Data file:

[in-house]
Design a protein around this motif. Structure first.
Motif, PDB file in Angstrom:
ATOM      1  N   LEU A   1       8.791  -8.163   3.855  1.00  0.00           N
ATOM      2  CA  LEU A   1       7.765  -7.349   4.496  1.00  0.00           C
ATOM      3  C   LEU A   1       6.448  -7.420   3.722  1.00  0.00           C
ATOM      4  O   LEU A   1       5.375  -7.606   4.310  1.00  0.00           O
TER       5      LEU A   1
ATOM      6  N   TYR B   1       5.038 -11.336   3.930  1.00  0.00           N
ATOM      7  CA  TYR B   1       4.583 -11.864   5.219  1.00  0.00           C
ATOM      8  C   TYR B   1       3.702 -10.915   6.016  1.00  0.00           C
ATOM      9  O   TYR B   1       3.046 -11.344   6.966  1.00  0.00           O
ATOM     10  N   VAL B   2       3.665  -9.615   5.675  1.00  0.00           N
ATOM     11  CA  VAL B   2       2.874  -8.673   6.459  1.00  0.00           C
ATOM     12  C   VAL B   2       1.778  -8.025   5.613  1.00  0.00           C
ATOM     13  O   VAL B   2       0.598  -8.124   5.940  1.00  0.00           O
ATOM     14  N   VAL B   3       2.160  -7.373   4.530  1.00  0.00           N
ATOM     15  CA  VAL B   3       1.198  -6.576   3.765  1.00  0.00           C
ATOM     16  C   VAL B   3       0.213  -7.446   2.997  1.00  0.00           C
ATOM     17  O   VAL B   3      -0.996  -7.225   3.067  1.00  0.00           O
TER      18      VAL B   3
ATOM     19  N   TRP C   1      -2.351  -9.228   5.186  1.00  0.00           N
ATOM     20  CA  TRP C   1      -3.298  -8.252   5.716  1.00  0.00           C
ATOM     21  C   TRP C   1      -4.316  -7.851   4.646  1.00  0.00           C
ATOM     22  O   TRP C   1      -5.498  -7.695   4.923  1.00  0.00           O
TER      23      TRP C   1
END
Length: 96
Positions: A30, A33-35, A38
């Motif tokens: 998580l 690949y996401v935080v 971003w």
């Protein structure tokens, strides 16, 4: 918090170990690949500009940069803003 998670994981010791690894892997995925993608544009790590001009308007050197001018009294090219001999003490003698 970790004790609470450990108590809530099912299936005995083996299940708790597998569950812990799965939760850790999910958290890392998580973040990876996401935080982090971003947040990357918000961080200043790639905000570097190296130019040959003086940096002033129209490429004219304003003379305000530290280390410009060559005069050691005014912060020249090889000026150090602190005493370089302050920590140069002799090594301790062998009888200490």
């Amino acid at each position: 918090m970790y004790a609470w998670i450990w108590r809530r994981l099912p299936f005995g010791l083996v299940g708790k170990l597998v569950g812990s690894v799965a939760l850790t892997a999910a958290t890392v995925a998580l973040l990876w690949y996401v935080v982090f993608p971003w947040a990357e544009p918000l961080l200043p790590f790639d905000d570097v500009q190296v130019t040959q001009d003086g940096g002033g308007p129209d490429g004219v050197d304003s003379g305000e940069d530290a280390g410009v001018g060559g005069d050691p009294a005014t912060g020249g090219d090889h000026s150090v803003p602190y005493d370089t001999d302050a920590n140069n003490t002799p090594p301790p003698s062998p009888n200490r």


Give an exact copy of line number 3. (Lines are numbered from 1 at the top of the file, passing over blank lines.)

Motif, PDB file in Angstrom: